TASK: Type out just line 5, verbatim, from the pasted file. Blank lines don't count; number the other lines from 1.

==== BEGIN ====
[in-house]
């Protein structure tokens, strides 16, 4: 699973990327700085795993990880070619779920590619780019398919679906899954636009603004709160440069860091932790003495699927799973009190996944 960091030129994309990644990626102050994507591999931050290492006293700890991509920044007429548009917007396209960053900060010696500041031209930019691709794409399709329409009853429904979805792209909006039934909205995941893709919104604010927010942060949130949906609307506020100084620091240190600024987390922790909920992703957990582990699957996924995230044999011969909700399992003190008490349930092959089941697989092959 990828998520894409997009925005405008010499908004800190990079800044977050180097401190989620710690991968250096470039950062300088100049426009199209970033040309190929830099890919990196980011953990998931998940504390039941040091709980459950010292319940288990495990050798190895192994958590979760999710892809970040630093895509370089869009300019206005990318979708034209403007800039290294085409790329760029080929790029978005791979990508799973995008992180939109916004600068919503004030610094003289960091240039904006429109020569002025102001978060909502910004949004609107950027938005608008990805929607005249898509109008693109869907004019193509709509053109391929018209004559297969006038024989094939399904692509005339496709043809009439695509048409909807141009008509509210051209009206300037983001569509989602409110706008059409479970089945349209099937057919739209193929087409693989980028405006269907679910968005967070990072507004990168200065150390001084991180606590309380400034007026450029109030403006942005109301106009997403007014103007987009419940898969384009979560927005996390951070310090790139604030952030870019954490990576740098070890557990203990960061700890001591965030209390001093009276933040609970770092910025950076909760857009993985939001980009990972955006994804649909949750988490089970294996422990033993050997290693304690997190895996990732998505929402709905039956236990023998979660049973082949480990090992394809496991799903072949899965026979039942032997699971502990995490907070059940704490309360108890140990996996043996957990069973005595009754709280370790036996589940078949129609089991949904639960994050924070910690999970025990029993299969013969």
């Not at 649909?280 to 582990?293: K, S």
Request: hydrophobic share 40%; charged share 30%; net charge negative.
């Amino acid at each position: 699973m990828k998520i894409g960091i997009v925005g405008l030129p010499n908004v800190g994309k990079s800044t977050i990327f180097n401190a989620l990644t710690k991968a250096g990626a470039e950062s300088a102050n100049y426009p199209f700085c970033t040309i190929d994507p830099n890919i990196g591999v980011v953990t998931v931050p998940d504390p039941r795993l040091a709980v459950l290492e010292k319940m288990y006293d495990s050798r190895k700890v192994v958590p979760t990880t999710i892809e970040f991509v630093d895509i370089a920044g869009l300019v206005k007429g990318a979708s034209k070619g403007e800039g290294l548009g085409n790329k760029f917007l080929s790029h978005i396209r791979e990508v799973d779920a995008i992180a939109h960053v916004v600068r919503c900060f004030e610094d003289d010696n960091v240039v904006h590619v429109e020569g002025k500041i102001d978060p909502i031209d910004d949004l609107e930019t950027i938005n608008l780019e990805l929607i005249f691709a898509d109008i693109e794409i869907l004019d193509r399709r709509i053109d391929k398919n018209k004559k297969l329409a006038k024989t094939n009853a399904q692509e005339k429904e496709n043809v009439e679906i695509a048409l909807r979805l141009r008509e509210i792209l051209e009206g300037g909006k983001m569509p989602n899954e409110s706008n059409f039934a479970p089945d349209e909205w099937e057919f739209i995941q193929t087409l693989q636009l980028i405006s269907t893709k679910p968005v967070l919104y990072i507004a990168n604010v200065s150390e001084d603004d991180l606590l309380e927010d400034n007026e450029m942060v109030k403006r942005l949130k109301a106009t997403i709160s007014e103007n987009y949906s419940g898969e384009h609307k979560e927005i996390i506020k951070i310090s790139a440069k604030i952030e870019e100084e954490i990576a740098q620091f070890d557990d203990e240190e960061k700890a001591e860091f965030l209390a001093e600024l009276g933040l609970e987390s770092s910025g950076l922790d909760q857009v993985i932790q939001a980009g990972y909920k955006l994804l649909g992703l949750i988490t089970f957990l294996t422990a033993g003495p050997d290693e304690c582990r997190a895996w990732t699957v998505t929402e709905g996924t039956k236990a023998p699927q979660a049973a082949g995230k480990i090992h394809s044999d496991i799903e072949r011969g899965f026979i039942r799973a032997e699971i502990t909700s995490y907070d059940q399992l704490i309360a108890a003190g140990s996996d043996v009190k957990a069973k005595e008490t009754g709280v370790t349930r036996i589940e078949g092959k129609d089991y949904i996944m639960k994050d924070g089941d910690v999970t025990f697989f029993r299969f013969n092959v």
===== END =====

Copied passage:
């Amino acid at each position: 699973m990828k998520i894409g960091i997009v925005g405008l030129p010499n908004v800190g994309k990079s800044t977050i990327f180097n401190a989620l990644t710690k991968a250096g990626a470039e950062s300088a102050n100049y426009p199209f700085c970033t040309i190929d994507p830099n890919i990196g591999v980011v953990t998931v931050p998940d504390p039941r795993l040091a709980v459950l290492e010292k319940m288990y006293d495990s050798r190895k700890v192994v958590p979760t990880t999710i892809e970040f991509v630093d895509i370089a920044g869009l300019v206005k007429g990318a979708s034209k070619g403007e800039g290294l548009g085409n790329k760029f917007l080929s790029h978005i396209r791979e990508v799973d779920a995008i992180a939109h960053v916004v600068r919503c900060f004030e610094d003289d010696n960091v240039v904006h590619v429109e020569g002025k500041i102001d978060p909502i031209d910004d949004l609107e930019t950027i938005n608008l780019e990805l929607i005249f691709a898509d109008i693109e794409i869907l004019d193509r399709r709509i053109d391929k398919n018209k004559k297969l329409a006038k024989t094939n009853a399904q692509e005339k429904e496709n043809v009439e679906i695509a048409l909807r979805l141009r008509e509210i792209l051209e009206g300037g909006k983001m569509p989602n899954e409110s706008n059409f039934a479970p089945d349209e909205w099937e057919f739209i995941q193929t087409l693989q636009l980028i405006s269907t893709k679910p968005v967070l919104y990072i507004a990168n604010v200065s150390e001084d603004d991180l606590l309380e927010d400034n007026e450029m942060v109030k403006r942005l949130k109301a106009t997403i709160s007014e103007n987009y949906s419940g898969e384009h609307k979560e927005i996390i506020k951070i310090s790139a440069k604030i952030e870019e100084e954490i990576a740098q620091f070890d557990d203990e240190e960061k700890a001591e860091f965030l209390a001093e600024l009276g933040l609970e987390s770092s910025g950076l922790d909760q857009v993985i932790q939001a980009g990972y909920k955006l994804l649909g992703l949750i988490t089970f957990l294996t422990a033993g003495p050997d290693e304690c582990r997190a895996w990732t699957v998505t929402e709905g996924t039956k236990a023998p699927q979660a049973a082949g995230k480990i090992h394809s044999d496991i799903e072949r011969g899965f026979i039942r799973a032997e699971i502990t909700s995490y907070d059940q399992l704490i309360a108890a003190g140990s996996d043996v009190k957990a069973k005595e008490t009754g709280v370790t349930r036996i589940e078949g092959k129609d089991y949904i996944m639960k994050d924070g089941d910690v999970t025990f697989f029993r299969f013969n092959v």